There's nothing worse than receiving long, unclear and inefficient emails! Here are a few simple tips to make sure you can communicate your message effectively and quickly to your desired receiver.
- Have a clear, direct subject line
eg Opening Day Times. Readers often decide if they will read your email based on the subject line, worth remembering next time you start typing the usual, “weekend stats”.
- Start and end well.
Begin with “Dear Mary and Matthew”, never just “Mary & Matthew” and be mindful of sounding overly familiar with expressions like, “Hi folks” and “Hey guys”. If you are not sure if they are a Matt or a Matthew, stick with Matthew until told otherwise. Sign-off should be kind regards or best regards, not “cheers” and never “best”, which studies have shown is actually, the worst rated signoff.
- There’s never any need to SHOUT.
There are very few occasions where shouting is appreciated, maybe the occasional, SOLD! Or even, “FREE DRINKS!” But besides that, use of all caps should be avoided along with using colours and bold.
- Before you press “send”…
Go back and include a pleasantry on the first line such as, “ I trust this finds you well” or “I hope you enjoyed the weekend”. If you are replying to a message, this should be, “lovely to hear from you” or “thanks for getting in touch”.
- Include a signature block
And make sure it is exactly the same as everyone in the office and includes all your contact details so they know where to send the thank you flowers. This should include your name, title, company name, phone, email, and “Agent of the Year 2017” but don’t go overboard.
- Use exclamation points sparingly.
Grammarians know there should only be one ! per 3 sentences and only ever one at a time. Overuse can create the impression the sender is immature or emotional. YA KNOW?!!!
- Assume everyone will read your message.
So keep humour, tone and grammar in check. Don’t pass on gossip, jokes or stern words in an email because if it gets lost in translation, that’s on you, the writer. If in doubt, ask a friend to check it an imagine reading it in the paper.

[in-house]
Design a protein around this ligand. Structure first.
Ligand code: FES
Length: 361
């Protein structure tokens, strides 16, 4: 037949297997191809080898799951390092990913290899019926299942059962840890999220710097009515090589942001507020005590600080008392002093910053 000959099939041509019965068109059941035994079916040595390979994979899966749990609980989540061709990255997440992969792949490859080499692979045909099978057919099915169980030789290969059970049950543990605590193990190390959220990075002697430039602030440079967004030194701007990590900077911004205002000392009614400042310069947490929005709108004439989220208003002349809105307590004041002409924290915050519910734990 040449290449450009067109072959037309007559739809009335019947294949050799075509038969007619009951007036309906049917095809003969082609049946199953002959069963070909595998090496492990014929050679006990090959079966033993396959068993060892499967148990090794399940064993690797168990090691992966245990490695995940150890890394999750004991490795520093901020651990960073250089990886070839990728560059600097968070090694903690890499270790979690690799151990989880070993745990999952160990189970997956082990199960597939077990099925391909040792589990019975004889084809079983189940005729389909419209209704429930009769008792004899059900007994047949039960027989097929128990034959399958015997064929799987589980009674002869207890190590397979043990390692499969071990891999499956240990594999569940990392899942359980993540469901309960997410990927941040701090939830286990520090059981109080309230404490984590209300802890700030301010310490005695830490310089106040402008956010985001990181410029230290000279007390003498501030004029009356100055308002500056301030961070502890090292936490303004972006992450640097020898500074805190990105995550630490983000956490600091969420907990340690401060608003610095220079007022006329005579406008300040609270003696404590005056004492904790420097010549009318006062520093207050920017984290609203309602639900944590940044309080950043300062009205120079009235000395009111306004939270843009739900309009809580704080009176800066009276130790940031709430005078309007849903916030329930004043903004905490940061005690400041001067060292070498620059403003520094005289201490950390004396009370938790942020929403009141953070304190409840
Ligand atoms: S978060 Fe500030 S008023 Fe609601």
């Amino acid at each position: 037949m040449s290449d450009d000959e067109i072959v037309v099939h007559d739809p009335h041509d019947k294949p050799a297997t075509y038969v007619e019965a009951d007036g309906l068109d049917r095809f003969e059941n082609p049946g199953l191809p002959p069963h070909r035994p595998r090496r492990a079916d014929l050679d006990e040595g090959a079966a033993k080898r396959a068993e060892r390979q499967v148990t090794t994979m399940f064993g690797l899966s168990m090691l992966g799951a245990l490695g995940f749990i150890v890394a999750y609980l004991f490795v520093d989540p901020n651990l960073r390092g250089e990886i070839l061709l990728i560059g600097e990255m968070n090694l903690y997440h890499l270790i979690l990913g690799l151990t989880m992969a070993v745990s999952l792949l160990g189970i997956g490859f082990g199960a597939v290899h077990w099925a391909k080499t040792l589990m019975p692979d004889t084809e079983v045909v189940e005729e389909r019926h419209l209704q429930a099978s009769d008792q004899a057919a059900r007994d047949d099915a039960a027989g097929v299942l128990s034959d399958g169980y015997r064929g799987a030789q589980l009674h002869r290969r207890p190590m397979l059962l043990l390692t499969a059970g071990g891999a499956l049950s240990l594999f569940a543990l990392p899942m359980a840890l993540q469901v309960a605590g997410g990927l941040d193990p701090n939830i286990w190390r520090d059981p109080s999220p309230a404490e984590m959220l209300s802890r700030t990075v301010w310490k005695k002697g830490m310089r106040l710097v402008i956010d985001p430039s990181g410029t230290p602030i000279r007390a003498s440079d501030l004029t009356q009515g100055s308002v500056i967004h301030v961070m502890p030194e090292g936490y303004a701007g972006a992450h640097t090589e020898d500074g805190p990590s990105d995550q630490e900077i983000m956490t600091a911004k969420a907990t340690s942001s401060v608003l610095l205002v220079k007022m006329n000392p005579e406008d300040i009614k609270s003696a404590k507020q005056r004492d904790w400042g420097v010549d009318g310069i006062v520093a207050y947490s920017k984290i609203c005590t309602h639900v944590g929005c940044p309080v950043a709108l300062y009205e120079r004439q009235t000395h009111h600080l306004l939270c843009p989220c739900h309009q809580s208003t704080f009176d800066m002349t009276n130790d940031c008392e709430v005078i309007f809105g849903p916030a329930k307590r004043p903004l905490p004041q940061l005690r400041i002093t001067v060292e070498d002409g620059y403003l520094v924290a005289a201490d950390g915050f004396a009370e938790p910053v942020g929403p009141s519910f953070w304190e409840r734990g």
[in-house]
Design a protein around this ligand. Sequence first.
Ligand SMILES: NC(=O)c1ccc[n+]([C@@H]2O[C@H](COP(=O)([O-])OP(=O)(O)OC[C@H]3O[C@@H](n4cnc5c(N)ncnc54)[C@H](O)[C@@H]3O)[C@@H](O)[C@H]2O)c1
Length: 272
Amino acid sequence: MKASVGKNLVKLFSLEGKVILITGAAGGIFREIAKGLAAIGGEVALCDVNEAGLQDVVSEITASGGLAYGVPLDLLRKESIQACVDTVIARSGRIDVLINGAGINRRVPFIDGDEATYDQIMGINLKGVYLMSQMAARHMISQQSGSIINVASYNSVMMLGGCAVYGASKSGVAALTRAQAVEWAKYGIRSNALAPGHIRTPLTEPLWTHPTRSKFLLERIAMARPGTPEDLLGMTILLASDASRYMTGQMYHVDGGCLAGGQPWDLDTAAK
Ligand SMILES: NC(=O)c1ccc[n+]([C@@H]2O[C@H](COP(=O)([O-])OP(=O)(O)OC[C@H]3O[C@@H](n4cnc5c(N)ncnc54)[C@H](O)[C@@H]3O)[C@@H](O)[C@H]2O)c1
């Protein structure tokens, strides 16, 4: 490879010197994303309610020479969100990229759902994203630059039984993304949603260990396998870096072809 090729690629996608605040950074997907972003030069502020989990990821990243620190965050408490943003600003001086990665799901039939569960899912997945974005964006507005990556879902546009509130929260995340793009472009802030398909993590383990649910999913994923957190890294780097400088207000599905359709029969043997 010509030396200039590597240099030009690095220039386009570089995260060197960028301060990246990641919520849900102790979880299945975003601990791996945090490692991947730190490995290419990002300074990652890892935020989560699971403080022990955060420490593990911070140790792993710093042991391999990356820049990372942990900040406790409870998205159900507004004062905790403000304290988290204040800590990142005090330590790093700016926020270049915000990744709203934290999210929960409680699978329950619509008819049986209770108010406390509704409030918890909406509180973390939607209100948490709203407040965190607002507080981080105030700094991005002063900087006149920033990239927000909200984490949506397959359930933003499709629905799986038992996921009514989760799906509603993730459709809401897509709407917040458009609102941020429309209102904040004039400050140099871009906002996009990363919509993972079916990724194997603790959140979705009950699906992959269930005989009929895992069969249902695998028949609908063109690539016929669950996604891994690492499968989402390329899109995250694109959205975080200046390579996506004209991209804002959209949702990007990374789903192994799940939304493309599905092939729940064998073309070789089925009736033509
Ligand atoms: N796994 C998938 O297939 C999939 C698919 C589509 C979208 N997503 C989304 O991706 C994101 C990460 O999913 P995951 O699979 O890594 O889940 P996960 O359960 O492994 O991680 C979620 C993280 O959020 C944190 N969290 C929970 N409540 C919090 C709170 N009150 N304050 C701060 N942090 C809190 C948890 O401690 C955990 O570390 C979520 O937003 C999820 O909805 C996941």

Entertaining clients is a hugely important part of building strong rapport and demonstrating your commitment to a successful relationship. It can also be a valuable opportunity to personally connect with your clients away from stuffy boardrooms and over the lunch table instead.
Leave your clients with a lasting impression (a good one) by following a few simple do’s and don’ts:
DO: Offer your client the seat with the ocean view to wow them in more ways than one.
DON’T: Race your client for the best seat and leave them with a view of the men’s lavatory.
DO: Discreetly take care of the bill. You may wish to leave your credit card with the maître dee upon arrival and let them know you will be footing the bill. This makes the client feel valued and that you have hosted them for a wonderful lunch.
DON’T: Allow the little black folder to reach the table and make an ostentatious example of taking responsibility for the bill. You may have the awkward situation where both parties are reaching for their wallets and negotiating who will pay
DO: Begin introductions by using the full name of each guest starting with the most senior by position, or the person you know. The most fluid way to achieve this is often in a left to right motion, rather than picking people off by title. The host should introduce clients first, if known, then introduce their team, starting with the most senior and using their title.
Here’s an example:
“Allow me to perform the introductions; Kenneth Client, CEO, Rebecca Client, PR, Sarah Client, Finance. Allow me to introduce our team, Head of Production, Cecilia Pepperpott and Robert Snodgrass, Publicity.”
DON’T: Wait for your clients to introduce themselves. If you have invited your client to lunch, take the lead on making them feel comfortable including connecting them to the relevant people at the table.
There are many ways you can be caught making social faux pas but we are confident you can put your best foot forward in impressing your clients.
Want to learn more about business and dining etiquette? Learn more about our courses here.